Trigger Warning: Non-consensual contact
Let’s make one thing clear: I don’t like dating. I am aware that this might not be the best starting point for an article about online dating. However, it is the most honest.
It is fascinating to know that you are about to meet a stranger for the first time, and anything might happen. You might like each other, or maybe it might just not work out. The reason why I pushed myself to start this experiment is: I think you can only grow by getting outside of your comfort zone.
So the hypothesis for this experiment was: “Any date can be an experience as long as you are open and ask the right questions”. The methodology was: Going out with different people after writing with them on Tinder to test the thesis. The conclusion: Wait… we are not quite there yet.
Before I expand on the stories of my dating experience, here are a few basic tips for anyone that wants to start online dating.
- Swipe right (terminology for liking a person on an online platform) on a person if you actually intend to write them.
- Don’t spend too much time swiping left and right. You will get into a flow and forget the real people behind the profiles.
- What are you looking for? Be sure about your intention. Even if you want to escape this question, it will come up one way or another.
- What are your No-Go’s, dealbreakers and turn-offs? Know yourself to avoid getting into difficult situations.
- Don’t spend too much time only writing. Try to meet up after a certain amount of time even if it’s uncomfortable or at least have a phone call. The chemistry that you have online won’t be the same.
- When you decide to meet a person in real life, always be safe and share your location with at least one of your friends.
- If you want to initiate stuff – especially physical stuff – always, and I mean always, ask for consent. I have a story to that as well.
Now, ladies, gentlemen and non-binary folks buckle up your seat belts and let’s dive into the deep waters of online dating.
My first date. Didn’t. Happen.
Me and, let’s call him Jack, decided on meeting up on a normal Sunday afternoon to get some coffee together. We were texting the day before and I knew that he would go out on a drink with his friends. Since we didn’t agree on a time to go out, I just waited on him to reply to my text. What a nice encounter to hear from him on Monday evening.
Thank you, next.
(He asked for my number later on, as if nothing happened. I respectfully left him on read).
My second date took place on a beautiful rainy day in Stirling. I know, I know, what did I expect? It’s Scotland after all.
After connecting through our deep love for films via text, we both agreed on going out on a walk together and testing the waters. Even though the weather was not the best, I had a great time talking about hobbies, favourite movies and past school trauma.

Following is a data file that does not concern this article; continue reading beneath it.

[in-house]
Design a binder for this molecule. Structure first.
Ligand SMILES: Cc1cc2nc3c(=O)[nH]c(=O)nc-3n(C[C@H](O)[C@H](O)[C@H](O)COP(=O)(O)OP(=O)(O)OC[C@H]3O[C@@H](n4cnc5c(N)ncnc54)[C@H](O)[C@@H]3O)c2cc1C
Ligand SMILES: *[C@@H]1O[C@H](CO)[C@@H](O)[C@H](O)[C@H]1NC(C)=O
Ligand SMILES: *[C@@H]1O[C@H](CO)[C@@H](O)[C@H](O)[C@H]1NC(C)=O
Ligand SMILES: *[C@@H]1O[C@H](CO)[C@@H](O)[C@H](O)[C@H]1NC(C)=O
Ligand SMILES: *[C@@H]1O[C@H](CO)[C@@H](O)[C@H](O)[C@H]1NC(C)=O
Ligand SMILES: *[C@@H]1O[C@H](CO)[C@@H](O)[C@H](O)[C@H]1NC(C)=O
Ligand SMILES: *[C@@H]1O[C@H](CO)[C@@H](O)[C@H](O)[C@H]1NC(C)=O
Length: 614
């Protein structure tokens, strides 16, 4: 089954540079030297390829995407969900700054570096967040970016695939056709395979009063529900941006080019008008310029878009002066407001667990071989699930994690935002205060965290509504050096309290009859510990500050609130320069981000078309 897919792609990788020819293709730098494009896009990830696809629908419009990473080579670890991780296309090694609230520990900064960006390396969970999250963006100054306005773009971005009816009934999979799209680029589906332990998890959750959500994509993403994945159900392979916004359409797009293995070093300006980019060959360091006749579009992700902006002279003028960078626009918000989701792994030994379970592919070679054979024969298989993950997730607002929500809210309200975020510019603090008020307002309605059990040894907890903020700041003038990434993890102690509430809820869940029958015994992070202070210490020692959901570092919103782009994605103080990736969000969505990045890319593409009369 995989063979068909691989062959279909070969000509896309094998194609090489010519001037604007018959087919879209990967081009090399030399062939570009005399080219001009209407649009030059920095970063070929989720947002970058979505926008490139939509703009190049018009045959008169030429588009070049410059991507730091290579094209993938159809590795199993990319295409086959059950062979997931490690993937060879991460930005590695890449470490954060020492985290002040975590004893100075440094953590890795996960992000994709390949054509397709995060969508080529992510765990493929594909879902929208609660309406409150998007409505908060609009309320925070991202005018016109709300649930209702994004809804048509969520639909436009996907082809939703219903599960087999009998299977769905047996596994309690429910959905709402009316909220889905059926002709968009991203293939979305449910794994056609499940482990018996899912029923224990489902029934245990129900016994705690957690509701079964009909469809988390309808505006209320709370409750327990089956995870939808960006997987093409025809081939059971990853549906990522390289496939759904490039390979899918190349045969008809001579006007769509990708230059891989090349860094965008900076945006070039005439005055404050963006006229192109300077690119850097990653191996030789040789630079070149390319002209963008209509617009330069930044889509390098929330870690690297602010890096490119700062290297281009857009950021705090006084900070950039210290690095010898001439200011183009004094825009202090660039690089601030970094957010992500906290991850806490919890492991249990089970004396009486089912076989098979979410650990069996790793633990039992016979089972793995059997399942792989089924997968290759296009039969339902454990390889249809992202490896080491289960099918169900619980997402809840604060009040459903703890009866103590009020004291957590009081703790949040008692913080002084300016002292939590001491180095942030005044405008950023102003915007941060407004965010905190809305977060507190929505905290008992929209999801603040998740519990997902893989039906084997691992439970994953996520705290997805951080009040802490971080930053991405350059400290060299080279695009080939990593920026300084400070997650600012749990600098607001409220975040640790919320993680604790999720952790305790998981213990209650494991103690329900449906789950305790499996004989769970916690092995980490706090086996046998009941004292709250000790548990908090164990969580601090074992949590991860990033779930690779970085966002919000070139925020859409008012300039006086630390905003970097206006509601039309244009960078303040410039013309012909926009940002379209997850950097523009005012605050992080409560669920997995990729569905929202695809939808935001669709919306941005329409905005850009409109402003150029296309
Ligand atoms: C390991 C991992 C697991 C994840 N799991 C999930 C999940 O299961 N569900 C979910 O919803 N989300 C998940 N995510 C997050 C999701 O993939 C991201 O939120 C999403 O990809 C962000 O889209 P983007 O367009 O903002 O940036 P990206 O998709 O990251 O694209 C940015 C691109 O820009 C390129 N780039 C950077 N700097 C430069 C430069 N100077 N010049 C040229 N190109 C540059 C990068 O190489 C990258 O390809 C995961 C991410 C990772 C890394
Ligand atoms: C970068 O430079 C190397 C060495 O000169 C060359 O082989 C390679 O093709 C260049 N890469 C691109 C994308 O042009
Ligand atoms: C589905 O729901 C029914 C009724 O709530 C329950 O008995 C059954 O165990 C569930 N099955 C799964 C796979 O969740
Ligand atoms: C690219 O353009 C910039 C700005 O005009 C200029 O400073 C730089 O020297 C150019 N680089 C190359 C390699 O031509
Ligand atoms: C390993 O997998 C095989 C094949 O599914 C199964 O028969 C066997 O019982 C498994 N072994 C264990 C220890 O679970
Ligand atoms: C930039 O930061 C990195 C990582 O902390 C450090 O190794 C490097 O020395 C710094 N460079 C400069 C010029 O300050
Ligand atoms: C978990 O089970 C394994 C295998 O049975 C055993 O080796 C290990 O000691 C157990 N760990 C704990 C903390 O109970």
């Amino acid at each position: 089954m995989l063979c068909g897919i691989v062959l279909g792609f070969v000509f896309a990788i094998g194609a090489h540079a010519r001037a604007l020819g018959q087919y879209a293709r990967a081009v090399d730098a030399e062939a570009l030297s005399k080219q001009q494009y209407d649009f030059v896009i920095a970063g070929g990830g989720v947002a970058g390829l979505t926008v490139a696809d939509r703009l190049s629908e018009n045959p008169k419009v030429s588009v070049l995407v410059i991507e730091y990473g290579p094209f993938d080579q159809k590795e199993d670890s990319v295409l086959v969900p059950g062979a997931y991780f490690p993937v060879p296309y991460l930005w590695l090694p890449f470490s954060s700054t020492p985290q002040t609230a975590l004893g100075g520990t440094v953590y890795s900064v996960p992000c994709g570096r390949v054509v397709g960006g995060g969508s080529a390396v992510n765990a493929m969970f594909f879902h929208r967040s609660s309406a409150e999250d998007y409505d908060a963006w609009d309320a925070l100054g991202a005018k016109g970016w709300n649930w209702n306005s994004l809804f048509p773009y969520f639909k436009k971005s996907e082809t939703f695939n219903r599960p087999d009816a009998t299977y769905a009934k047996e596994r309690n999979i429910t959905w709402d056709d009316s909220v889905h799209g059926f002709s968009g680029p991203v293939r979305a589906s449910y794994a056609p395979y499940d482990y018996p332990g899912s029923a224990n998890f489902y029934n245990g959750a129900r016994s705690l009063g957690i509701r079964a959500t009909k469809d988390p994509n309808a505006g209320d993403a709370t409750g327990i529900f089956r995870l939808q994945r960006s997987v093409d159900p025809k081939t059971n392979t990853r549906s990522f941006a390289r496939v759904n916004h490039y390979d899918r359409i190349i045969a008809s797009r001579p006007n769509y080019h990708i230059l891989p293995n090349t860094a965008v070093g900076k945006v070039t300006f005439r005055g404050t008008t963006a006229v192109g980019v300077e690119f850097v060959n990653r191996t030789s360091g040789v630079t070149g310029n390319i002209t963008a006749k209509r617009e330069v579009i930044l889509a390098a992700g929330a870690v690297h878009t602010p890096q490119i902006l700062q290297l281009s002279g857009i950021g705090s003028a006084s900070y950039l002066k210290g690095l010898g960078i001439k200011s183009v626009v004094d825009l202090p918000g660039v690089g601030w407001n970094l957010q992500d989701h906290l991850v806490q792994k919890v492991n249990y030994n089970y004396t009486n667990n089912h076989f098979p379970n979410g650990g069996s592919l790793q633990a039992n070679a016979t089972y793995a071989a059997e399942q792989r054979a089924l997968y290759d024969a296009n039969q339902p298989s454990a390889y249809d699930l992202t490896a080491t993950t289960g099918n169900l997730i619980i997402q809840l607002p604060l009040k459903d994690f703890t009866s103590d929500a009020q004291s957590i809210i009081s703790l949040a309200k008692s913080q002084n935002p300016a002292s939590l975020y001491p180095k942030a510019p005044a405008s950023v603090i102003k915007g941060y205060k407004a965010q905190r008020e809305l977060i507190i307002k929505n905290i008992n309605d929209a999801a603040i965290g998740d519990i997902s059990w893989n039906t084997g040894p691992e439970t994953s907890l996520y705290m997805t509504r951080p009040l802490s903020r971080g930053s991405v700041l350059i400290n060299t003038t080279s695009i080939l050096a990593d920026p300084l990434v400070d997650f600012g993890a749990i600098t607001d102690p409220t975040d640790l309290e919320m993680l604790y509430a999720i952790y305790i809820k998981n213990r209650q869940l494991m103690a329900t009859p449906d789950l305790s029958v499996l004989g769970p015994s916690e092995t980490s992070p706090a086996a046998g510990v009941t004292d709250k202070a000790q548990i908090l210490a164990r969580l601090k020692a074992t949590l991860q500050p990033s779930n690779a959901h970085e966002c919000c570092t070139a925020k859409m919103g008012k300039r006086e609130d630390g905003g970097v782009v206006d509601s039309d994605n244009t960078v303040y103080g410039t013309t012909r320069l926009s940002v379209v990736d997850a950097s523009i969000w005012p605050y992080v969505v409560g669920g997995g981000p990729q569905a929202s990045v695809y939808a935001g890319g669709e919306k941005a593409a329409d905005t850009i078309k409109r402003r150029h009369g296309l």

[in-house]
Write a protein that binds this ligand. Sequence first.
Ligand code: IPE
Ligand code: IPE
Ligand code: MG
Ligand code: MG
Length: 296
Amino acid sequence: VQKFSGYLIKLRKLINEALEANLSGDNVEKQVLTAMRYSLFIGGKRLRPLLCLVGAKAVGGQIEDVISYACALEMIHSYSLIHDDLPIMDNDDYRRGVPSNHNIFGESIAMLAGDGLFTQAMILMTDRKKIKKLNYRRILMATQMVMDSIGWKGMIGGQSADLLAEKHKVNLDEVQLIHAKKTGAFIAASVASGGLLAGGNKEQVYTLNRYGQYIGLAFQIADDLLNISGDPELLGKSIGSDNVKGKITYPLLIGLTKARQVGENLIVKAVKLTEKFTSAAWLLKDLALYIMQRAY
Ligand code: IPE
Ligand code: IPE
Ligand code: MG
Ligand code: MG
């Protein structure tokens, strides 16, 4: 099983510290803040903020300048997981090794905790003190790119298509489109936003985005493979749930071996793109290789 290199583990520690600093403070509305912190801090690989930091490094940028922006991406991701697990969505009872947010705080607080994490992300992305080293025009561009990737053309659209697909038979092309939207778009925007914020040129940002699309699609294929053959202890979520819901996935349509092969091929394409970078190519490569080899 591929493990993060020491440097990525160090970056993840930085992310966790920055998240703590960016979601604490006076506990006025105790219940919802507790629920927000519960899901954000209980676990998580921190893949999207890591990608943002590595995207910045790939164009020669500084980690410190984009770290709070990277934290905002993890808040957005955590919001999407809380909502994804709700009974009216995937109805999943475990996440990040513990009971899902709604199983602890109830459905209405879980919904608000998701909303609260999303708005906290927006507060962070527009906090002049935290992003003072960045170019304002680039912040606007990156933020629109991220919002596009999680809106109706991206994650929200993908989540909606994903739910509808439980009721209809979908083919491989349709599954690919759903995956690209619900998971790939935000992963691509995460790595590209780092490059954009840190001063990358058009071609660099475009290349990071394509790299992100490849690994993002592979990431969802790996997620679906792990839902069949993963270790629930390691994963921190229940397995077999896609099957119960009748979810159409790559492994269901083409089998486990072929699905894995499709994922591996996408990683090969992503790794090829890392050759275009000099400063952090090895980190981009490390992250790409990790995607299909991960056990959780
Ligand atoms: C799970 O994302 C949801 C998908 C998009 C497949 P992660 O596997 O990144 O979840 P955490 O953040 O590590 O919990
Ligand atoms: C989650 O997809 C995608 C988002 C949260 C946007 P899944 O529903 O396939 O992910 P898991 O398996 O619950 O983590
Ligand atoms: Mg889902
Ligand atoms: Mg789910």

Going on a walk is a nice idea for a first meet-up. You can talk but you don’t experience awkward silence either. Outside distractions always keep you occupied, and you don’t have the feeling of being bound to a place if you feel uncomfortable.
For the third date, we both showed commitment. We met in Glasgow since we wanted to have Mexican food and Stirling doesn’t have a Mexican restaurant.
We had a conversation, went to get some food and then… we were confronted with not knowing what to do. I recommend having a plan for the date, then you can avoid those moments of unease.
We ended up sitting down in a café and having a talk over hot chocolate and some dessert. If you don’t click that is completely fine. A first date is meant for both parties to understand how they feel about each other.
If you don’t click and you get touched. That is where it crosses the line.
The guy that I went out with touched my leg on purpose a few times in a row and I just sat through it.
In hindsight, I wish I had said something in between or moved his hand. But I just didn’t. I guess I didn’t want to make it more awkward than it already was for me.
To anyone who is reading this: It is okay to show your boundaries and it is never acceptable to get touched without your consent. Ever.
Your body is your body.
So what did I learn?
Firstly, as a pansexual woman, I noticed that I mainly talked to men. Reflecting on this with one of my queer friends I learned to choose your dating platform wisely. There are queer people on Tinder but you could have more chances finding them on sites like Hinge or Bumble.
Secondly, it is rewarding to get out of your comfort zone. Even if you don’t end up finding the person of your dreams, you gain a bunch of experiences that will help you get closer to what you want.
Thirdly, dating is a skill. Just like a muscle you can train it and understand your individual strengths. Holding a good conversation is nothing that happens overnight. You need to go out and train it.
And lastly, set boundaries, respect them and make others respect them as well. I cannot stress this enough. Be safe.
I am proud of myself for trying out dating, despite my initial dislike. I can say that I have learned plenty. I took the first step. If you are interested, you could take the next.
Feature Image Credit: Pexels Free Photos